3.  Using just enough flour to keep dough from sticking to work surface or to your fingers, gently and quickly shape dough into a ball. Dust a pan or bowl with flower and put the dough seam side down.  Cover with saran wrap and let rest for at least 30 minutes (1-2 hours preferred). When it is ready, dough will have increased in size and will not readily spring back when poked with a finger.

4. At least a half-hour before dough is ready, heat oven to 450 degrees. Put a 6- to 8-quart dutch oven in oven as it heats. When dough is ready, carefully remove pot from oven. Transfer the dough to the hot dutch oven (seam side up). Shake pan once or twice if dough is unevenly distributed; it will straighten out as it bakes. Cover with lid and bake 30 minutes, then remove lid and bake another 15 to 30 minutes, until loaf is beautifully browned. Cool on a rack.

Left: Night before.  Right: Morning after - the dough has puffed up!  Like magic!

The pasta recipe that we used was the one by Marc Vetri.  Yes, the one that requires nine egg yolks.


1 1/4 cup flour (Type 00 recommended, but we simply used all-purpose)
1/3 cup semolina flour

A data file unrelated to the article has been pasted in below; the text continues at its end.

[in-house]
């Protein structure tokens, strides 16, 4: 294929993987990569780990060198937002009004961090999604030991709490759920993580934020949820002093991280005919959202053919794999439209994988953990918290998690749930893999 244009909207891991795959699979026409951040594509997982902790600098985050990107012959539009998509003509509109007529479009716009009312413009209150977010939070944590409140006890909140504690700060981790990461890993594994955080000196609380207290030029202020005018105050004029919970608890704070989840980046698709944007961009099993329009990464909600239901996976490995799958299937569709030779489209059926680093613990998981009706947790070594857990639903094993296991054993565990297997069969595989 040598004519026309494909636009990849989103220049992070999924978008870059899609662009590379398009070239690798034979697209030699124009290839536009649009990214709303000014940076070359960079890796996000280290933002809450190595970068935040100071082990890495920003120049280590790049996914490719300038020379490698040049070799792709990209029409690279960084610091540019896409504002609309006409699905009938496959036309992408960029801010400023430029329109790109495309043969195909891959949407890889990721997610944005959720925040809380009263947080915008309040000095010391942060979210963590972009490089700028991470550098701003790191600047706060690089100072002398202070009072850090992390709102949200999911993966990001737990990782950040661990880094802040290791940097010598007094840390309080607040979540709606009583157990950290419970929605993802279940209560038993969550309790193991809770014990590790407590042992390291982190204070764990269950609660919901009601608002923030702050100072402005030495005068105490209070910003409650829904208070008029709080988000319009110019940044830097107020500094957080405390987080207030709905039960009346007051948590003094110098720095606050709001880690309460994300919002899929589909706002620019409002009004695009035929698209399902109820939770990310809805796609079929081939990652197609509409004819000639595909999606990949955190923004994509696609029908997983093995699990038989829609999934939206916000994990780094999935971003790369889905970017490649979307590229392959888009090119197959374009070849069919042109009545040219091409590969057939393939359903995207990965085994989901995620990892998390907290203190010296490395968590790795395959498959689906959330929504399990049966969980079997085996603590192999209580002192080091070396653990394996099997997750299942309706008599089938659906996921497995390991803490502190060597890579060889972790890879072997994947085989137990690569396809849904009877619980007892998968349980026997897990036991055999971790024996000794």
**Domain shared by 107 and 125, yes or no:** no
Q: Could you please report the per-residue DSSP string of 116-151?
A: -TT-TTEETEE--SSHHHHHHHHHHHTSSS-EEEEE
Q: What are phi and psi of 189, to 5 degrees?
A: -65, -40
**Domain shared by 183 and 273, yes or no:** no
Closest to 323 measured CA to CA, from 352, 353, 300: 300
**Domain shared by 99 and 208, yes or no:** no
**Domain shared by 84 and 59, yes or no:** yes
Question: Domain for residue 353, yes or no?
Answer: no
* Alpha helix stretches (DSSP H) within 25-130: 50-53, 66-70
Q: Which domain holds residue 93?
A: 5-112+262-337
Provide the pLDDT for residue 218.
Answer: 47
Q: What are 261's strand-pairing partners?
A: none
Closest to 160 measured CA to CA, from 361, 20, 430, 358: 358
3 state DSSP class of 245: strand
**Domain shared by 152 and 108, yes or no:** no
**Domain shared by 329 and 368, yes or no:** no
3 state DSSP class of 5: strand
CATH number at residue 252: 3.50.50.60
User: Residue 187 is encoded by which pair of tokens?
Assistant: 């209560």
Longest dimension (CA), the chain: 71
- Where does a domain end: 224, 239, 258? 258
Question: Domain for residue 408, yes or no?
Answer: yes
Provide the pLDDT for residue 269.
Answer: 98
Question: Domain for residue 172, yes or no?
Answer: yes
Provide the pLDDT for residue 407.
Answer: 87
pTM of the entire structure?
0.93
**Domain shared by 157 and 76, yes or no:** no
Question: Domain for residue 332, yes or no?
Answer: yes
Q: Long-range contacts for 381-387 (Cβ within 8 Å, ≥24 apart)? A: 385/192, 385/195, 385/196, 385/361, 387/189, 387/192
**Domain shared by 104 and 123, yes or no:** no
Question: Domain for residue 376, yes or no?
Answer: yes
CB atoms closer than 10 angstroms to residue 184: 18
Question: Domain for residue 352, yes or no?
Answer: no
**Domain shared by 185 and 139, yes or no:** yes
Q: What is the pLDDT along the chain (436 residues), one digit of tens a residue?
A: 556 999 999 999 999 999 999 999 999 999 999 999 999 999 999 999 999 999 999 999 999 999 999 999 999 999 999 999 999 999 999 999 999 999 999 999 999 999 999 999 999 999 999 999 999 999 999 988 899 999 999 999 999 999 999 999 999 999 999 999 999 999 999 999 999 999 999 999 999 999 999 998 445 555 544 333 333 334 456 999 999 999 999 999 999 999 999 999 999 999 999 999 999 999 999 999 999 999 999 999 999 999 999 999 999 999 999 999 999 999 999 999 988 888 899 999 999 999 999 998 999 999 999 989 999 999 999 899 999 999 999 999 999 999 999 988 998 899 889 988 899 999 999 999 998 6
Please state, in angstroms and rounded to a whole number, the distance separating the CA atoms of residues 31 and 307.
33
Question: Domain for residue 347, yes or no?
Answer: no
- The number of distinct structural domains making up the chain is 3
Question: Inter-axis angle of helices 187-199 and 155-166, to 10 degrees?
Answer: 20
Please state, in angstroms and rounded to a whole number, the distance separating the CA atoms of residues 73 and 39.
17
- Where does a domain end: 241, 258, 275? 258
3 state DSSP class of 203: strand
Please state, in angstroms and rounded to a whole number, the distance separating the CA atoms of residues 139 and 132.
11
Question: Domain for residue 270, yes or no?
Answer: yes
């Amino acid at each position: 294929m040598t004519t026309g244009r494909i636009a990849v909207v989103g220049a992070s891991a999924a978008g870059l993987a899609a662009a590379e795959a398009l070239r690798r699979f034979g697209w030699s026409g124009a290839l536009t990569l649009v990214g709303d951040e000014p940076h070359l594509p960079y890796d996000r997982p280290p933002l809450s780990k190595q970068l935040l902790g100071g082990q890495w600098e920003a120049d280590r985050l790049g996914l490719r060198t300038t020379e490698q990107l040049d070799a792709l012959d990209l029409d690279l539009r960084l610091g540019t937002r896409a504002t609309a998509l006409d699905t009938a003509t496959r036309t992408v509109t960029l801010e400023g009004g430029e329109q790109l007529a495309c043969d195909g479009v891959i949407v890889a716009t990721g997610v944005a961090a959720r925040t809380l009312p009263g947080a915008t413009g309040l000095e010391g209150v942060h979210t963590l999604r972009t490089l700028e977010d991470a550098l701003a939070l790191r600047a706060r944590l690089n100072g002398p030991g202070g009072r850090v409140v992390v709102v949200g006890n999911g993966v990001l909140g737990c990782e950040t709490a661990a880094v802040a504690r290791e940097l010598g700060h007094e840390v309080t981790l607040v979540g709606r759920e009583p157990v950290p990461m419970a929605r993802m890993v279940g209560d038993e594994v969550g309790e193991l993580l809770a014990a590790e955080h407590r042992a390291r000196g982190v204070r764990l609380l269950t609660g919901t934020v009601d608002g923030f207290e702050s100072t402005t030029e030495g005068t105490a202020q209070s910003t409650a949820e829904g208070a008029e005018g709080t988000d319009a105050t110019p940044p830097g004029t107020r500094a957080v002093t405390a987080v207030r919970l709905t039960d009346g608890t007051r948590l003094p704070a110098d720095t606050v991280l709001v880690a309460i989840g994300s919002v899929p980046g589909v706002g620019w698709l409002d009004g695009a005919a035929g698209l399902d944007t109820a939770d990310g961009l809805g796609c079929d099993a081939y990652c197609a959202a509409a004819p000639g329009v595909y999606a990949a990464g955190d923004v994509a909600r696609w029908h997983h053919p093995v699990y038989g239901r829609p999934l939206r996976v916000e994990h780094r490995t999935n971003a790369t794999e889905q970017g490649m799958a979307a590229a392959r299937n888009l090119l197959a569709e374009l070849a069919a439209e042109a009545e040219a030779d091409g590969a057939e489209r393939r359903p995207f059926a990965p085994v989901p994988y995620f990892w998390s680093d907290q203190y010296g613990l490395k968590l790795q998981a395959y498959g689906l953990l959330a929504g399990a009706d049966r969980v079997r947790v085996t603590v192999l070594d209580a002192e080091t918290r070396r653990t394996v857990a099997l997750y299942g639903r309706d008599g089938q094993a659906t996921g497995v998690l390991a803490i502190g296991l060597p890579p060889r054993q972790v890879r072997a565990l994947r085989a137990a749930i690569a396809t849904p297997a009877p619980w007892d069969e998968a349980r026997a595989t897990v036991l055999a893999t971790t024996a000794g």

9 large egg yolks
4 tsp water
1 tbsp extra virgin olive oil


1. Combine both flours. Place eggs, water, flour, and olive oil in mixer bowl, and mix by hand or with Kitchenaid beater.
2. Knead dough for 5 minutes until dough is smooth and silky in texture without any grainy lumps (or, use the dough hook attachment and knead for about 2 minutes on Speed 2. Then, remove dough from bowl and hand knead for 1-2 minutes). Wrap tightly with plastic wrap. Rest in refrigerator for at least 1 hour until use. Prior to rolling, let dough thaw at room temperature.
3. Form the dough into a log, roughly 6 inches in length. Cut dough into thirds then into halves for total 6 pieces, to make it easier to feed through the pasta roller.
4. Dust the dough with flour (and the roller if you want to) - to prevent sticking. On setting 1, roll pasta dough through the machine. Fold dough in half "hamburger" style and feed through machine again on setting 1. Repeat this 1-2 more times to give dough more texture. Dust dough again if needed.